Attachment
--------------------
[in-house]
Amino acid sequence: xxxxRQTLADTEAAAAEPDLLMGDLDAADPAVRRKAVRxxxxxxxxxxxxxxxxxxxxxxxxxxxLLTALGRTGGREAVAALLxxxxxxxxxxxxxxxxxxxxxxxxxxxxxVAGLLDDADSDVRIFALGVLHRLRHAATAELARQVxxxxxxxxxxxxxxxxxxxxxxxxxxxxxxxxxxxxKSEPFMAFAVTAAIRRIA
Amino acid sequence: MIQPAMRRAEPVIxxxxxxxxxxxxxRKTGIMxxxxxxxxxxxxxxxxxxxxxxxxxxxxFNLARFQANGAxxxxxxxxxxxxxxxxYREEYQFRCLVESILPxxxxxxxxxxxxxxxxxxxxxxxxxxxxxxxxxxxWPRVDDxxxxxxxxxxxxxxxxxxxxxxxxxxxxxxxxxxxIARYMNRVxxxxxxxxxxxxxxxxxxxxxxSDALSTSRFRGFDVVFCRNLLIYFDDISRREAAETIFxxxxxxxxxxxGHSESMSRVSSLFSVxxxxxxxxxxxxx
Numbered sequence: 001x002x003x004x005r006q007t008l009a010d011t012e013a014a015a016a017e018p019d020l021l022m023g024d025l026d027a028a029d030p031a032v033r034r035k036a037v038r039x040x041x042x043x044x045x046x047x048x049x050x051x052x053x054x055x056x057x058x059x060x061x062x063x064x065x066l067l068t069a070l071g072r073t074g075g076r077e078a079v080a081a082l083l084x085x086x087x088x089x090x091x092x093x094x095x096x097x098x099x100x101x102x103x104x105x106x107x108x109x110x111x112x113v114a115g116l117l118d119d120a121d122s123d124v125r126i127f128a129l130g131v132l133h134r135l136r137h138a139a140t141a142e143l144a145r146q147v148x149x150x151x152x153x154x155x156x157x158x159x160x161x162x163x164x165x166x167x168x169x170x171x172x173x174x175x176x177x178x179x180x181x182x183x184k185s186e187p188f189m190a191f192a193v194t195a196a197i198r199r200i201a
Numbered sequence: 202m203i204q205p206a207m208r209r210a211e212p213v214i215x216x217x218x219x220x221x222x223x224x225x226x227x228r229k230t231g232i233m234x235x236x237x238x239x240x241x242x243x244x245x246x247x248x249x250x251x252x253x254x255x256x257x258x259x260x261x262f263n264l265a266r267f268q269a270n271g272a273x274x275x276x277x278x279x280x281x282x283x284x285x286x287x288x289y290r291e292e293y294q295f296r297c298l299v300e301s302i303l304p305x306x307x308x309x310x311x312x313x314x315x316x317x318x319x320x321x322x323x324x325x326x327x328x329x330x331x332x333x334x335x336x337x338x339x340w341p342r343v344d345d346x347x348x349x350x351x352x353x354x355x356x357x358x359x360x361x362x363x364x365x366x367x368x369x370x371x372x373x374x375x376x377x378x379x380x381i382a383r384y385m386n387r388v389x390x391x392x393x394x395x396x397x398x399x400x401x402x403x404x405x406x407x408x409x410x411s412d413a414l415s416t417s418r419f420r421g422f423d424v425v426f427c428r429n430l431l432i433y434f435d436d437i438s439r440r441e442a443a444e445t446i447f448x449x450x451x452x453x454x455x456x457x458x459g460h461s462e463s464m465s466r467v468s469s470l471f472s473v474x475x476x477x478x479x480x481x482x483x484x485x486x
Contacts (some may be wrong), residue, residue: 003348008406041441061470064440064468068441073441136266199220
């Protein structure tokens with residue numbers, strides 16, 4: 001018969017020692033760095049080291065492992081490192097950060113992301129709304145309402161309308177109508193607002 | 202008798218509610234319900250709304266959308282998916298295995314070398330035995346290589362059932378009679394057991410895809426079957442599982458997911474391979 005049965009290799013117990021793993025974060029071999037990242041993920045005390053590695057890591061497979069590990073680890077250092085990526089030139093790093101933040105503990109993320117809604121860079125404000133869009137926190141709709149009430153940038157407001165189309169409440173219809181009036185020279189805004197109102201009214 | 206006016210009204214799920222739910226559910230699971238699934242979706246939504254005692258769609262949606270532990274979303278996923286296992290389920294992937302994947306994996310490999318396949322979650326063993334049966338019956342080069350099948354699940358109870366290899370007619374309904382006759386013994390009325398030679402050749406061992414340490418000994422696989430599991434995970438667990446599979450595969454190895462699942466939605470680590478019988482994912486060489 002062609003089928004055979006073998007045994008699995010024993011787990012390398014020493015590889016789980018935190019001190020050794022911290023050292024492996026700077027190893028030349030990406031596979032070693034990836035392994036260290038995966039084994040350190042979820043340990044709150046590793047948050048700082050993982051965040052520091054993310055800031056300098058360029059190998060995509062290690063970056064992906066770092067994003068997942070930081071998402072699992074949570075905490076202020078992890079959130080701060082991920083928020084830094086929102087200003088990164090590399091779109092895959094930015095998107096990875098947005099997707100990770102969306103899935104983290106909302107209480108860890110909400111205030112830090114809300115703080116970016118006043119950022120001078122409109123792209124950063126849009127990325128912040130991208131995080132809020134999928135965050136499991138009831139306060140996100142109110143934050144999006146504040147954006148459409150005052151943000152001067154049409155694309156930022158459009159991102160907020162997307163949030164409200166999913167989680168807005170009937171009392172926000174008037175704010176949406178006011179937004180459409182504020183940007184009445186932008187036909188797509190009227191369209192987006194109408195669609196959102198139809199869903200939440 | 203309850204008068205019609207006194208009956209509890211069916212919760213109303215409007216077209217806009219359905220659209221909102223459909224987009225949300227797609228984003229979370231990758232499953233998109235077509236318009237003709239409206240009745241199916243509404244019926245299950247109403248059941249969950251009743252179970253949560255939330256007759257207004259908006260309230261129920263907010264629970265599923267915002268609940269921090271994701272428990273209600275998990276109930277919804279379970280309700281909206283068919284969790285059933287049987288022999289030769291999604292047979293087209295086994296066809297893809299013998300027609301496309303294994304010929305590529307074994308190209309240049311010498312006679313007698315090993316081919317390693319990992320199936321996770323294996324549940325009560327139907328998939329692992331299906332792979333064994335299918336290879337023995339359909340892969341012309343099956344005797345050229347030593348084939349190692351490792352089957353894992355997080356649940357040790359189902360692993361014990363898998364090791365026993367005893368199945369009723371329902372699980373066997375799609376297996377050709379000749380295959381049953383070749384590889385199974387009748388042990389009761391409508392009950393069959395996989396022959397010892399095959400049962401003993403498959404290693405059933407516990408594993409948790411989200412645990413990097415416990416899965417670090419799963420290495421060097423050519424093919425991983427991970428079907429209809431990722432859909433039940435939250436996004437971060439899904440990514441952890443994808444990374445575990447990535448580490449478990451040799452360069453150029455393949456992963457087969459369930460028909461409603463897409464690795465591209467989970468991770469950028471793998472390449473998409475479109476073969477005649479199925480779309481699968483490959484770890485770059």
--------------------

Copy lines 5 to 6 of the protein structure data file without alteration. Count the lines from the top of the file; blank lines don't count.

Numbered sequence: 202m203i204q205p206a207m208r209r210a211e212p213v214i215x216x217x218x219x220x221x222x223x224x225x226x227x228r229k230t231g232i233m234x235x236x237x238x239x240x241x242x243x244x245x246x247x248x249x250x251x252x253x254x255x256x257x258x259x260x261x262f263n264l265a266r267f268q269a270n271g272a273x274x275x276x277x278x279x280x281x282x283x284x285x286x287x288x289y290r291e292e293y294q295f296r297c298l299v300e301s302i303l304p305x306x307x308x309x310x311x312x313x314x315x316x317x318x319x320x321x322x323x324x325x326x327x328x329x330x331x332x333x334x335x336x337x338x339x340w341p342r343v344d345d346x347x348x349x350x351x352x353x354x355x356x357x358x359x360x361x362x363x364x365x366x367x368x369x370x371x372x373x374x375x376x377x378x379x380x381i382a383r384y385m386n387r388v389x390x391x392x393x394x395x396x397x398x399x400x401x402x403x404x405x406x407x408x409x410x411s412d413a414l415s416t417s418r419f420r421g422f423d424v425v426f427c428r429n430l431l432i433y434f435d436d437i438s439r440r441e442a443a444e445t446i447f448x449x450x451x452x453x454x455x456x457x458x459g460h461s462e463s464m465s466r467v468s469s470l471f472s473v474x475x476x477x478x479x480x481x482x483x484x485x486x
Contacts (some may be wrong), residue, residue: 003348008406041441061470064440064468068441073441136266199220